A few weeks ago, I traveled to Beijing, China, to witness and participate in activities where the Chinese government would make good on an exciting promise to America’s Historically Black Colleges and Universities (HBCUs). Last year on Capitol Hill, China Vice Premier Liu Yandong announced that the Chinese government was offering 1,000 student study scholarships (valued at $1.2 million and expected to increase to $5 million) to Black students from 105 HBCUs to study abroad in China.
I, along with Chinese government representatives, 13 presidents and senior administrators from Howard, Hampton, Bowie State, Tougaloo, Morgan State, Morehouse, Spelman and Xavier universities, met with representatives from Chinese universities to foster potential partnerships between the two groups. As the liaison representative for the China-United States Exchange Foundation and the international consultant to the HBCU delegation, my company, Wilson Global Communications, facilitated this successful trip, and now the scholarships are a reality.
At the annual U.S.-China Consultation on People-to-People Exchange, the HBCU Delegation leader of the founding group of HBCUs, Morgan State University President, Dr. David Wilson (no relation), signed a Memorandum of Understanding (MOU) with the China Education Association for International Exchange, China’s nationwide nonprofit organization handling international educational exchanges on behalf of China’s Ministry of Education. Effective this year, with availability over the next four years, 1,000 students from historically Black institutions can study in China for a minimum of four weeks up to two years.
Looking on and listening intently during the final high-level meeting was America’s highest-ranking diplomat, U.S. Secretary of State John Kerry. We all sat proudly in the Great Hall of the People, China’s equivalent to the U.S. Capitol, as China’s highest ranking government official in charge of education and its Vice Minister of Education praised our precious Black academic institutions and the importance of the upcoming educational opportunity. Hopefully, through these partnerships, our HBCU students will be empowered to see the global, and limitless possibilities for their future.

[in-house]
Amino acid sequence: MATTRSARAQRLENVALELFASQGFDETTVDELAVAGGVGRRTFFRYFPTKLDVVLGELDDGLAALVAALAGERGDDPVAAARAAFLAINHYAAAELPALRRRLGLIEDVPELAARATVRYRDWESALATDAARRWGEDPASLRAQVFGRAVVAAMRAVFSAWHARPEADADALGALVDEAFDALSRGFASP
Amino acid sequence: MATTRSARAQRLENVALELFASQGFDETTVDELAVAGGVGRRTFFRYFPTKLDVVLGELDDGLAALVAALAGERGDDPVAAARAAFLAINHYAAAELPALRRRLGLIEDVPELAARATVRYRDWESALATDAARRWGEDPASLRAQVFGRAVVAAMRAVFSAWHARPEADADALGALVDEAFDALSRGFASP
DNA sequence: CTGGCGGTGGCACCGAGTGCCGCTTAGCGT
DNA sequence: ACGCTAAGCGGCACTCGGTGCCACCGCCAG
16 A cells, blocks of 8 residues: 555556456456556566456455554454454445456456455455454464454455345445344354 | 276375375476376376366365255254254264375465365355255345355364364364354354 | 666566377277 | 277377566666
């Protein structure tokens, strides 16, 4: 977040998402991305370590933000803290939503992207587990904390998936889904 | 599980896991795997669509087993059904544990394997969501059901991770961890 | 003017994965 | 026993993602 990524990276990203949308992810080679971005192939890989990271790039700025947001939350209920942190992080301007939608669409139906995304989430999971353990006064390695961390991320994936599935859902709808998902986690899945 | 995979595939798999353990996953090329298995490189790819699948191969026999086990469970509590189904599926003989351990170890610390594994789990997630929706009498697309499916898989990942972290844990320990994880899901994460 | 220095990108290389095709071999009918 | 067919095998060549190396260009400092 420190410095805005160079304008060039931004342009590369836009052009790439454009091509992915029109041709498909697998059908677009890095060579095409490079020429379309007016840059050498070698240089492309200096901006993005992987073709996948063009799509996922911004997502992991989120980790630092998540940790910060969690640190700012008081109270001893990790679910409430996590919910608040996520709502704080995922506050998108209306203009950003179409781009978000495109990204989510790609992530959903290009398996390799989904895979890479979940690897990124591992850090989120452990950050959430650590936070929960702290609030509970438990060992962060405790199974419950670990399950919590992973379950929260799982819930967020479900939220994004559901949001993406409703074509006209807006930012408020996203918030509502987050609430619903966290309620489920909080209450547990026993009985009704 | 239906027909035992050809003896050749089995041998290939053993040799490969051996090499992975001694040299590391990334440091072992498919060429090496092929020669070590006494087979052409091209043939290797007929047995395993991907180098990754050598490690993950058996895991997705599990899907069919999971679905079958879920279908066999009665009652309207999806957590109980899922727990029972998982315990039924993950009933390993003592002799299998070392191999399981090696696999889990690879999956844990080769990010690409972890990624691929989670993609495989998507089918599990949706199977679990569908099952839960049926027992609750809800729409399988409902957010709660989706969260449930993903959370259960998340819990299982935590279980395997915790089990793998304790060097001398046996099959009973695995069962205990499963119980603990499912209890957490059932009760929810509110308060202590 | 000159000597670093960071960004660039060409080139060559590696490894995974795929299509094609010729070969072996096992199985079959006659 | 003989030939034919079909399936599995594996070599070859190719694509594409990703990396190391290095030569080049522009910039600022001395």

Below are some tips for students interested in studying in China:
Express your interest in studying in China to your HBCU counselors, faculty and administrators responsible for international study abroad programs, and ask them to find out more information for you.
Go online and begin to learn about China, its 5,000 year history, its diverse cultures and its peoples. You may be surprised by some of the similarities between Chinese and African American history. When you decide where you want to go in China, focus your study to that city or region to prepare yourself.
To get you started, the software program Rosetta Stone, is a good way to start learning some Mandarin greetings, words, and phrases, even before taking a full-on language course.
When you visit China, be open to giving as much as you receive from the experience. Don’t be afraid to share your African American heritage and culture with the people you meet there and those with whom you feel comfortable exchanging ideas.
–Until next time:
“May the curiosity of life keep you aware,
The power of love push you forward,
And may the love of life,
Keep you living in the Spirit of “Fearless Living!” – Julia